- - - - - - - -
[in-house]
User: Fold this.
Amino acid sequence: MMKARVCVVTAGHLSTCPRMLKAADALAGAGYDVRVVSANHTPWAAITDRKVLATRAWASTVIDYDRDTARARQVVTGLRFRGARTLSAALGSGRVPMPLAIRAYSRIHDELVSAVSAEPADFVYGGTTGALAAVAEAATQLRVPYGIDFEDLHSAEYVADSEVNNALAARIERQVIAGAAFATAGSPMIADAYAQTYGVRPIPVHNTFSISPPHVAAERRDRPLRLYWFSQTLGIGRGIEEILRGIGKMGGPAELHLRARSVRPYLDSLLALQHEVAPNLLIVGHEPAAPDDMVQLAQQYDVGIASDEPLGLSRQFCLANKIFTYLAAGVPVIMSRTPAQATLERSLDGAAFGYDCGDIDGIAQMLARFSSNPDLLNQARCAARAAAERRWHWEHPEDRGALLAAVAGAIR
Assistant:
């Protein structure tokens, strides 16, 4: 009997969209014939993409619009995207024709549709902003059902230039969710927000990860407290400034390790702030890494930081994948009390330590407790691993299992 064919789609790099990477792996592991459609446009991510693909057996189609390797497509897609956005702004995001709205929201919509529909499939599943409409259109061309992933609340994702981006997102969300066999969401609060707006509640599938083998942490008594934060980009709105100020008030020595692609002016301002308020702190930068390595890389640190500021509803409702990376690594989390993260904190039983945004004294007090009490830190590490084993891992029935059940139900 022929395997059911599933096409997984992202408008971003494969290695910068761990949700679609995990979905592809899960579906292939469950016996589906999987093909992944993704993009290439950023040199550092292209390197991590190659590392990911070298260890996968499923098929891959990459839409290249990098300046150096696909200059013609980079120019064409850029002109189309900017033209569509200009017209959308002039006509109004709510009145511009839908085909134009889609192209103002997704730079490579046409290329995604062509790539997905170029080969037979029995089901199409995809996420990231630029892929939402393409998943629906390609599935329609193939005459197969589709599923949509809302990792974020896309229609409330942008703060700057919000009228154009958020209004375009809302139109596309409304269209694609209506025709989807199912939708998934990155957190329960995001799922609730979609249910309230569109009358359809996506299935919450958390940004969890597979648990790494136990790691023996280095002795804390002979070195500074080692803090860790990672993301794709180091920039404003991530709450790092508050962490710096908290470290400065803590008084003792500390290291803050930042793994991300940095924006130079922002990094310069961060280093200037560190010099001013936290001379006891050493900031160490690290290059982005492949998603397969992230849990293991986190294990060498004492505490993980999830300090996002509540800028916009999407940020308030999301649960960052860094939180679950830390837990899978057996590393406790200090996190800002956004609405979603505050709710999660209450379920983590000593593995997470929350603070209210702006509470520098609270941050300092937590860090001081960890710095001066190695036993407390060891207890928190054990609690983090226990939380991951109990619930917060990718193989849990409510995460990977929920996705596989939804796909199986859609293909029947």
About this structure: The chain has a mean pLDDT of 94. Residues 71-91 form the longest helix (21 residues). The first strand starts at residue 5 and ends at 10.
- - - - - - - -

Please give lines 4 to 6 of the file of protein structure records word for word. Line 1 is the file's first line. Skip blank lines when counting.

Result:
Assistant:
């Protein structure tokens, strides 16, 4: 009997969209014939993409619009995207024709549709902003059902230039969710927000990860407290400034390790702030890494930081994948009390330590407790691993299992 064919789609790099990477792996592991459609446009991510693909057996189609390797497509897609956005702004995001709205929201919509529909499939599943409409259109061309992933609340994702981006997102969300066999969401609060707006509640599938083998942490008594934060980009709105100020008030020595692609002016301002308020702190930068390595890389640190500021509803409702990376690594989390993260904190039983945004004294007090009490830190590490084993891992029935059940139900 022929395997059911599933096409997984992202408008971003494969290695910068761990949700679609995990979905592809899960579906292939469950016996589906999987093909992944993704993009290439950023040199550092292209390197991590190659590392990911070298260890996968499923098929891959990459839409290249990098300046150096696909200059013609980079120019064409850029002109189309900017033209569509200009017209959308002039006509109004709510009145511009839908085909134009889609192209103002997704730079490579046409290329995604062509790539997905170029080969037979029995089901199409995809996420990231630029892929939402393409998943629906390609599935329609193939005459197969589709599923949509809302990792974020896309229609409330942008703060700057919000009228154009958020209004375009809302139109596309409304269209694609209506025709989807199912939708998934990155957190329960995001799922609730979609249910309230569109009358359809996506299935919450958390940004969890597979648990790494136990790691023996280095002795804390002979070195500074080692803090860790990672993301794709180091920039404003991530709450790092508050962490710096908290470290400065803590008084003792500390290291803050930042793994991300940095924006130079922002990094310069961060280093200037560190010099001013936290001379006891050493900031160490690290290059982005492949998603397969992230849990293991986190294990060498004492505490993980999830300090996002509540800028916009999407940020308030999301649960960052860094939180679950830390837990899978057996590393406790200090996190800002956004609405979603505050709710999660209450379920983590000593593995997470929350603070209210702006509470520098609270941050300092937590860090001081960890710095001066190695036993407390060891207890928190054990609690983090226990939380991951109990619930917060990718193989849990409510995460990977929920996705596989939804796909199986859609293909029947």
About this structure: The chain has a mean pLDDT of 94. Residues 71-91 form the longest helix (21 residues). The first strand starts at residue 5 and ends at 10.